Is this the correct way to convert fractions to duodecimals and duodecimals to fractions?

Write $\left(\frac{7}{13}\right)_{12}$ as a duodecimal.

$\left (\frac{7}{13}\right)_{12}=\left(\frac{7}{15}\right)_{10}=.4666..._{10}$

$4.666666 \cdot 12 = 5.5999992$

$.5999992 \cdot 12 = 7.1999904$

$.1999904 \cdot 12 = 2.3998848$

$.3998848 \cdot 12 = 4.7986176$

$.7986176 \cdot 12 = 9.5834112$

$.5834112 \cdot 12 = 7.0009344$

Then $\left(\frac{7}{13}\right)_{12}= .5729497_{12}$


Write $\left(.2929...\right)_{12}$ as a fraction.

$\left(.2929...\right)_{12}$ =$\frac{2}{12} + \frac{9}{144}+\frac{2}{1728}+\frac{9}{20736}...$

On this one, I am not clear on how to write this in lowest terms or even properly represent the repeating part?


Let us observe that for a "basis" $b$, e.g. $b=10$ or $b=12$, we have $$ \begin{aligned} \frac 1{b-1} &= \frac 1b+\frac 1{b^2}+\frac 1{b^3}+\dots &&=0,111\dots_{(b)} \\ \frac 1{b^2-1} &= \frac 1{b^2}+\frac 1{b^4}+\frac 1{b^6}+\dots &&=0,010101\dots_{(b)} \\ \frac 1{b^3-1} &= \frac 1{b^3}+\frac 1{b^6}+\frac 1{b^9}+\dots &&=0,001001001\dots_{(b)} \\ \frac 1{b^4-1} &= \frac 1{b^4}+\frac 1{b^8}+\frac 1{b^{12}}+\dots &&=0,000100010001\dots_{(b)} \ , \end{aligned} $$ and so on. For instance:

sage: a = 1/(10^5-1)
sage: a.n(200)

Now we will use this to compute the "decimals" of $7/15$ for the basis $12$. (If no basis is specified, we will use truly decimal digits.)

First, $15$ and $12$ are not relatively prime, so we use a small "dance around" to put us in position. This is similar to computing for instance

sage: (1/28).n(200)

where we have a "specific beginning", $0.03$, and only after this there is a period repetition. (Ten is $2\cdot 5$, and $2^2$ is in the denominator, so we expect two atypical places, after that we have a periodic repetion of decimals.) In the above case example, one could proceed as follows, rewriting $1/28=25/(28\cdot 25)=25/700=(21+3)/700 = 3/100+3/700$. The first term contributes to $0.03$, the second term corresponds to a shifted representation for $3/7$. In our case, we rewrite correspondingly. $$ \begin{aligned} \frac {7}{15} &= \frac {7\cdot 4}{15\cdot 4} = \frac {28}{12\cdot 5} = \frac 1{12}\cdot\frac {28}{5} \\ &= \frac 1{12}\cdot\left(5+\frac {3}{5}\right) \\ &\qquad\text{... now use the fact that $5$ divides $12^4-1=20735=5\cdot 4147$, $4$ being $\phi(12)$,} \\ &= \frac 1{12}\cdot\left(5+\frac {3\cdot 4147}{5\cdot 4147}\right) \\ &= 0,1_{(12)}\cdot\left(5_{(12)}+7249_{(12)}\cdot 0,0001\,0001\,0001\,\dots_{(12)}\right) \\ &= 0,\ 5\, 7249\,7249\,7249\dots_{(12)} \\ &= 0,\ 5\, (7249)_{(12)} \end{aligned} $$ The other direction is arguably simpler: $$ \begin{aligned} 0,(29)_{(12)} &= \frac{2}{12} + \frac{9}{12^2}+\frac{2}{12^3}+\frac{9}{12^4}+\dots \\ &=(2\cdot 12+9)\cdot\left(\frac 1{12^2}+\frac 1{12^4}+\frac 1{12^6}+\dots\right) \\ &=33\cdot \frac 1{12^2}\cdot\frac 1{1-\frac 1{12^2}} \\ &\qquad\text{sum of the geometric series $1+q+q^2+\dots$ is $1/(1-q)$, here $q=1/12^2$,} \\ &=33\cdot \frac 1{12^2-1} =\frac {33}{143}=\frac 3{13}\ . \end{aligned} $$ Computer check:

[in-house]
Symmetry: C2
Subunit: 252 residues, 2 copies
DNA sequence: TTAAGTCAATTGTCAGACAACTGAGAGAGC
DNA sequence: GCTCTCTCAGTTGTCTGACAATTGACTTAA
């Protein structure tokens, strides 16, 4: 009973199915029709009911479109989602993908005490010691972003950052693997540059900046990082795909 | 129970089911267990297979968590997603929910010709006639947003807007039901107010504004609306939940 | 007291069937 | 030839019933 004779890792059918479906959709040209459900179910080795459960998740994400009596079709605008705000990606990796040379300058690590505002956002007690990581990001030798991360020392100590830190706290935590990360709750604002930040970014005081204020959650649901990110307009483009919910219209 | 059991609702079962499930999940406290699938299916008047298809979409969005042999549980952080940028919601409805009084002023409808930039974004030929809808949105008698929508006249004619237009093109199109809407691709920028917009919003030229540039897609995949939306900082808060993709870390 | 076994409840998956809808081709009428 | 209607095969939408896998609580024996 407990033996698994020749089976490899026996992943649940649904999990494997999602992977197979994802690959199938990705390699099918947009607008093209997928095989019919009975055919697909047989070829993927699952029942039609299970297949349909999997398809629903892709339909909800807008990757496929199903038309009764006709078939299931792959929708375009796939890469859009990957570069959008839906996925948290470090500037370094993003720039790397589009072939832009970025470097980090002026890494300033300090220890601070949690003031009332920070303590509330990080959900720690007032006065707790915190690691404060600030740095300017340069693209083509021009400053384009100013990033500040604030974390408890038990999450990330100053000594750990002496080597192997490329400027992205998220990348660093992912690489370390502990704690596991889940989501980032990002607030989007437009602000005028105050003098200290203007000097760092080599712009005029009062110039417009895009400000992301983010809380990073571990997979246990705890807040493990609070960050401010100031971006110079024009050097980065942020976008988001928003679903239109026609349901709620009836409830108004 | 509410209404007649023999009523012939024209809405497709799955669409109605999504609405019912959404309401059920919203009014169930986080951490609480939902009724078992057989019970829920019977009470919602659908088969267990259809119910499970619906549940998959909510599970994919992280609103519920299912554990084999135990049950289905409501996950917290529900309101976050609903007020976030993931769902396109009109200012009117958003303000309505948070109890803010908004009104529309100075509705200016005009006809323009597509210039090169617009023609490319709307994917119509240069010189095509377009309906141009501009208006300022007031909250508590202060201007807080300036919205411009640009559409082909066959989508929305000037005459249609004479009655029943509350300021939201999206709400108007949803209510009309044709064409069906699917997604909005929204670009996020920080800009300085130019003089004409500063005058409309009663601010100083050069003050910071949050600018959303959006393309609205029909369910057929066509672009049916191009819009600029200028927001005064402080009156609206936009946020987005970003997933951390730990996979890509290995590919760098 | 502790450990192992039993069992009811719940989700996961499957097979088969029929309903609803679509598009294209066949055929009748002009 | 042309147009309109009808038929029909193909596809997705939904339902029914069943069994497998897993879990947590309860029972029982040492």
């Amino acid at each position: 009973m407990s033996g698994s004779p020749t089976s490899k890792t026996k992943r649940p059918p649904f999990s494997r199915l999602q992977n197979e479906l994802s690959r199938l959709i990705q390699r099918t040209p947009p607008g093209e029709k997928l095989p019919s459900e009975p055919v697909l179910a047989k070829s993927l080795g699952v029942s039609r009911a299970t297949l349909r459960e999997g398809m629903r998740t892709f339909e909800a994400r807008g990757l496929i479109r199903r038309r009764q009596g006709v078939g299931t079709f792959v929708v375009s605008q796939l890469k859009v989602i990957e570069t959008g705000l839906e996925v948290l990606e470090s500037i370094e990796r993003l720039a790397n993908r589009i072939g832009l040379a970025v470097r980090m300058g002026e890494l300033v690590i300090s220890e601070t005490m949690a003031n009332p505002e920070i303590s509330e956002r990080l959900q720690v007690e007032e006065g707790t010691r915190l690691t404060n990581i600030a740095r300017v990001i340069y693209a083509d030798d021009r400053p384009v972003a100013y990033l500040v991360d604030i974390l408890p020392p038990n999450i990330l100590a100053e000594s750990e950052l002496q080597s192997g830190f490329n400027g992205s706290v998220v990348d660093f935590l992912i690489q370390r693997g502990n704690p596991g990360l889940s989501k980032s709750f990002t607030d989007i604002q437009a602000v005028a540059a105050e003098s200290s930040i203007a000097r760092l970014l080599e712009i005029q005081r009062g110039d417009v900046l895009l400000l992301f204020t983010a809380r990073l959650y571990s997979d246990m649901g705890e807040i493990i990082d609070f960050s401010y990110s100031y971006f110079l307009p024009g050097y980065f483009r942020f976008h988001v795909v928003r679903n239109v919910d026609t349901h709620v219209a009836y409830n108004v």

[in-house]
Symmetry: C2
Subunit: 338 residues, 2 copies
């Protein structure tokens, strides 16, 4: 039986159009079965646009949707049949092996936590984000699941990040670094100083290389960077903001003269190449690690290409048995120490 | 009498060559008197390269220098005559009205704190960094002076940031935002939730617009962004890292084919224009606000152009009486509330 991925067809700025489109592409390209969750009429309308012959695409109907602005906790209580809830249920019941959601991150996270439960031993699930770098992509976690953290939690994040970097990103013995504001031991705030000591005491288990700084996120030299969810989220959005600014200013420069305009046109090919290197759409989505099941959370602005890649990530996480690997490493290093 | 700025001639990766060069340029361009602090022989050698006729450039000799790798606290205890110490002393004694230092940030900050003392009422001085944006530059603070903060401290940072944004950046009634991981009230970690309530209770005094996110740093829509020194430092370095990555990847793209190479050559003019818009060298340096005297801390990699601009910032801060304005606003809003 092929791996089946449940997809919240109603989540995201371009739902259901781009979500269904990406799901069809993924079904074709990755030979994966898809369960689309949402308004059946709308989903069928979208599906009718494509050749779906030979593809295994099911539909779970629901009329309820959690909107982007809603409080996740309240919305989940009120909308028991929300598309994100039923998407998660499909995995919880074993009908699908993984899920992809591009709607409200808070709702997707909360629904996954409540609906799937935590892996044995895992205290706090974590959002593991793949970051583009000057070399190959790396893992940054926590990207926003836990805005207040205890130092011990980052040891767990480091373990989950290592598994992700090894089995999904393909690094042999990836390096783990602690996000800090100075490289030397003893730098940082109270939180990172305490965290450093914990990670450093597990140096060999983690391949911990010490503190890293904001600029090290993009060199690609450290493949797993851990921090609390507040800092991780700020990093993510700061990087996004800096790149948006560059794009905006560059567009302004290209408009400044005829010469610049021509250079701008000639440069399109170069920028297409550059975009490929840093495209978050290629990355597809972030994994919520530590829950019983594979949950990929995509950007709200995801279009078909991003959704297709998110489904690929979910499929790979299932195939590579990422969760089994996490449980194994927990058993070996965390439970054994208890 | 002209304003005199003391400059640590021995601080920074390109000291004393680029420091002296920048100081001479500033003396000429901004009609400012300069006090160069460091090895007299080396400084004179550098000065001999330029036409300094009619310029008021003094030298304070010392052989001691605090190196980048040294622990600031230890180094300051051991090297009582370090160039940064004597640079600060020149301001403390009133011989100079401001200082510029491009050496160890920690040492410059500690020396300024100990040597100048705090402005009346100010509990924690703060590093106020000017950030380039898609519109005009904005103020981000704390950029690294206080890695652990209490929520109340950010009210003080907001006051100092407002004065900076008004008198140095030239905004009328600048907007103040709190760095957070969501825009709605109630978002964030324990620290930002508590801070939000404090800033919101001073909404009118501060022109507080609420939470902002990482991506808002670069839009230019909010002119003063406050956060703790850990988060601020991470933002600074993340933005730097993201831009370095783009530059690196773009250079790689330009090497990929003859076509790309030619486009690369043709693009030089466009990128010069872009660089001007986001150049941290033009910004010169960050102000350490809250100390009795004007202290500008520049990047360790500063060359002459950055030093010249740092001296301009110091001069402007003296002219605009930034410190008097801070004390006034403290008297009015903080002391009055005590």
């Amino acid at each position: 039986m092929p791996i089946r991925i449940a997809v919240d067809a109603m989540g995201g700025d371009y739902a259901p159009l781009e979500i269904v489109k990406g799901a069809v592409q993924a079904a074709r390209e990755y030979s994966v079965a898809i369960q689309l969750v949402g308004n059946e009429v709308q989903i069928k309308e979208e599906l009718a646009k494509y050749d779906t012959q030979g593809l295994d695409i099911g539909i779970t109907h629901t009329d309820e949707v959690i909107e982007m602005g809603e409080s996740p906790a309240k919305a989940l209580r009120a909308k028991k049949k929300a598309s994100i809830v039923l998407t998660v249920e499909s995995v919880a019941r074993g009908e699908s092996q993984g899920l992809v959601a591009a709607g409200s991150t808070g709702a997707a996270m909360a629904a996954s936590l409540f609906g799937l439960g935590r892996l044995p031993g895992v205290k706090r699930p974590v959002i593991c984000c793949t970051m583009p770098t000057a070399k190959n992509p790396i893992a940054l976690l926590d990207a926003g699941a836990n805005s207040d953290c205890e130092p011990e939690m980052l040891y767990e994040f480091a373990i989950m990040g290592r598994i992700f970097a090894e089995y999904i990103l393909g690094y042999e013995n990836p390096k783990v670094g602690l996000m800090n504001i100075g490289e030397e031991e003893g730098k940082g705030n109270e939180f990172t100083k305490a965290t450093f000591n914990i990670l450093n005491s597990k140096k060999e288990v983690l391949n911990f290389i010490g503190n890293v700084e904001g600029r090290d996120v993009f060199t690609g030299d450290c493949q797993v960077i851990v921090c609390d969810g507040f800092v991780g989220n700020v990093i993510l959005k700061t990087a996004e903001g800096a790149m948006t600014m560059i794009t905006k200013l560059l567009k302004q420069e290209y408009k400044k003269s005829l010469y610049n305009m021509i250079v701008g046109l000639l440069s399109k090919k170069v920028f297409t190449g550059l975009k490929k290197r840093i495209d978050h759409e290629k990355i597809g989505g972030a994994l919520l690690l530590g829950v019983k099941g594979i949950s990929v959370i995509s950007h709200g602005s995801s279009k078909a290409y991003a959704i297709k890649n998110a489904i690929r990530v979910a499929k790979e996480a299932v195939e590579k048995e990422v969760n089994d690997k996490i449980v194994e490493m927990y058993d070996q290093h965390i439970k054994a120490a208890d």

sage: ZZ(int((3/13)*12^20)).digits(base=12)
[9, 2, 9, 2, 9, 2, 9, 2, 9, 2, 9, 2, 9, 2, 9, 2, 9, 2, 9, 2]

(We took the decimally written fraction $3/13$, multiplied with a big power of $b=12$, converted to an integer, then asked for the digits, written in converse order.)

  • $\begingroup$ I am trying to follow each step above, but I am confused, at the end...is $\frac {3}{13}$ in base 12 or 10? You referenced it as the "decimally written fraction". That seems base 10, meaning $.2929..._{12}$ = $\left( \frac{3}{13} \right)_{10}$=$ \left ( \frac{3}{11} \right)_{12}$. Am I understanding correctly? Thanks in advance for clarifying. $\endgroup$ – PerpetualStudent Jun 22 '18 at 22:34
  • $\begingroup$ Yes, $3/13$ (without any indices) means that numbers are written w.r.t. the usual decimal system. The problem only wanted to write it as a fraction, so we only need to know the numerator, and the denominator (in some working basis). Since all computations were done using decimal writing, i was letting the final fraction also w.r.t. base $10$. Note that - as a parallel to what we do in base ten - e.g. by writing $0,(141143)=141143/999999$, we could also have written directly $0,(29)_{12}=29_{(12)}/BB_{(12)}$, and we can simplify... Here $A=10$, $B=11$, in base $12$. $\endgroup$ – dan_fulea Jun 26 '18 at 21:20

Doing everything base twelve, with $T$ and $E$ for the extra two digits, we have


(just as in ordinary base ten), hence


and thus

$$.292929\ldots={29\over EE}$$

We could leave it like this. However, this fraction reduces: Since $10=3\times4$, we find $29=3\times E$, which gives us

$$.292929\ldots={29\over EE}={3\over11}$$

As for writing $7/13$ in duodecimal form, note that $13=3\times5$, so we have



$$\begin{align} 20&=4\times5+4\\ 40&=9\times5+3\\ 30&=7\times5+1\\ 10&=2\times5+2 \end{align}$$

so long division says


It follows (using $EEEE-4972=7249$) that



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